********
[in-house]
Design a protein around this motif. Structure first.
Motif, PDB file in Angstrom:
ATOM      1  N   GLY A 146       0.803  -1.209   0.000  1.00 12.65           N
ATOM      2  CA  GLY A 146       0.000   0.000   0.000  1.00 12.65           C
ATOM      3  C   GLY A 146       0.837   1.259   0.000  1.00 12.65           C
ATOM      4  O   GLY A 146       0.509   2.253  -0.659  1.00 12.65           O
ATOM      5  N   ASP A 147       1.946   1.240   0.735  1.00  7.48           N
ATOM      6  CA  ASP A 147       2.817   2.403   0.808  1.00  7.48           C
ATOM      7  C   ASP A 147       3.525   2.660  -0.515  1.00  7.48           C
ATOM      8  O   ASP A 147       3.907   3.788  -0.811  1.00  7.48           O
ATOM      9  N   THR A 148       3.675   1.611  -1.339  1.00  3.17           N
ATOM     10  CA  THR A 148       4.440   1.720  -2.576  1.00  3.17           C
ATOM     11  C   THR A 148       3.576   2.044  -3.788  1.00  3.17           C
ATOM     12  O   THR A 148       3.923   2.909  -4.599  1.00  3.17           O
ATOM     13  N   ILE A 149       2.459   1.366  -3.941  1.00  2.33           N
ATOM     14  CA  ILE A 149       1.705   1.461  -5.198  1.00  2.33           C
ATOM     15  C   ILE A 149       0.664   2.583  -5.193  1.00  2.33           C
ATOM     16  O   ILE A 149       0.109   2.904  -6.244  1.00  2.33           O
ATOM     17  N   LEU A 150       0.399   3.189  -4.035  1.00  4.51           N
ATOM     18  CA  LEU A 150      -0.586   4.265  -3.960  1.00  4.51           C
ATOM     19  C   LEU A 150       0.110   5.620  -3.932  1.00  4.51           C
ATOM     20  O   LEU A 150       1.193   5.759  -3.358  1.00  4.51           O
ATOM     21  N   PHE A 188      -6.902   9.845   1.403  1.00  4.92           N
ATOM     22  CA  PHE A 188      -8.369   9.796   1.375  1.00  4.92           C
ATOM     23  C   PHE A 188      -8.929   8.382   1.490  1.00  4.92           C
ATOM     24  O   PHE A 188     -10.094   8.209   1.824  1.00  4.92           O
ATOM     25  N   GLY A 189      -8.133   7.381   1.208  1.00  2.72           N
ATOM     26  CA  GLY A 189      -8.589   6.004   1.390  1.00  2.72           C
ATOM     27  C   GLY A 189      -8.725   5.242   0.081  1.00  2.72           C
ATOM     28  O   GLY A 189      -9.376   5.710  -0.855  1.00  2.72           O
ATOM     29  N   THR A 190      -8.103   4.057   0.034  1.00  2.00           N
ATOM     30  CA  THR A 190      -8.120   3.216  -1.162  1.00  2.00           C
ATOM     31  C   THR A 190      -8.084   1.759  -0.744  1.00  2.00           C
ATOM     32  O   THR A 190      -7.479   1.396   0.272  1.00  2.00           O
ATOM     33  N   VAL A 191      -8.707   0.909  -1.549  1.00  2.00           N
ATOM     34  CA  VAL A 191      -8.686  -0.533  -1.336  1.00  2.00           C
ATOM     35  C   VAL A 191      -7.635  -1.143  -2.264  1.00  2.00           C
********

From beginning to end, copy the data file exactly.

[in-house]
Design a protein around this motif. Structure first.
Motif, PDB file in Angstrom:
ATOM      1  N   GLY A 146       0.803  -1.209   0.000  1.00 12.65           N
ATOM      2  CA  GLY A 146       0.000   0.000   0.000  1.00 12.65           C
ATOM      3  C   GLY A 146       0.837   1.259   0.000  1.00 12.65           C
ATOM      4  O   GLY A 146       0.509   2.253  -0.659  1.00 12.65           O
ATOM      5  N   ASP A 147       1.946   1.240   0.735  1.00  7.48           N
ATOM      6  CA  ASP A 147       2.817   2.403   0.808  1.00  7.48           C
ATOM      7  C   ASP A 147       3.525   2.660  -0.515  1.00  7.48           C
ATOM      8  O   ASP A 147       3.907   3.788  -0.811  1.00  7.48           O
ATOM      9  N   THR A 148       3.675   1.611  -1.339  1.00  3.17           N
ATOM     10  CA  THR A 148       4.440   1.720  -2.576  1.00  3.17           C
ATOM     11  C   THR A 148       3.576   2.044  -3.788  1.00  3.17           C
ATOM     12  O   THR A 148       3.923   2.909  -4.599  1.00  3.17           O
ATOM     13  N   ILE A 149       2.459   1.366  -3.941  1.00  2.33           N
ATOM     14  CA  ILE A 149       1.705   1.461  -5.198  1.00  2.33           C
ATOM     15  C   ILE A 149       0.664   2.583  -5.193  1.00  2.33           C
ATOM     16  O   ILE A 149       0.109   2.904  -6.244  1.00  2.33           O
ATOM     17  N   LEU A 150       0.399   3.189  -4.035  1.00  4.51           N
ATOM     18  CA  LEU A 150      -0.586   4.265  -3.960  1.00  4.51           C
ATOM     19  C   LEU A 150       0.110   5.620  -3.932  1.00  4.51           C
ATOM     20  O   LEU A 150       1.193   5.759  -3.358  1.00  4.51           O
ATOM     21  N   PHE A 188      -6.902   9.845   1.403  1.00  4.92           N
ATOM     22  CA  PHE A 188      -8.369   9.796   1.375  1.00  4.92           C
ATOM     23  C   PHE A 188      -8.929   8.382   1.490  1.00  4.92           C
ATOM     24  O   PHE A 188     -10.094   8.209   1.824  1.00  4.92           O
ATOM     25  N   GLY A 189      -8.133   7.381   1.208  1.00  2.72           N
ATOM     26  CA  GLY A 189      -8.589   6.004   1.390  1.00  2.72           C
ATOM     27  C   GLY A 189      -8.725   5.242   0.081  1.00  2.72           C
ATOM     28  O   GLY A 189      -9.376   5.710  -0.855  1.00  2.72           O
ATOM     29  N   THR A 190      -8.103   4.057   0.034  1.00  2.00           N
ATOM     30  CA  THR A 190      -8.120   3.216  -1.162  1.00  2.00           C
ATOM     31  C   THR A 190      -8.084   1.759  -0.744  1.00  2.00           C
ATOM     32  O   THR A 190      -7.479   1.396   0.272  1.00  2.00           O
ATOM     33  N   VAL A 191      -8.707   0.909  -1.549  1.00  2.00           N
ATOM     34  CA  VAL A 191      -8.686  -0.533  -1.336  1.00  2.00           C
ATOM     35  C   VAL A 191      -7.635  -1.143  -2.264  1.00  2.00           C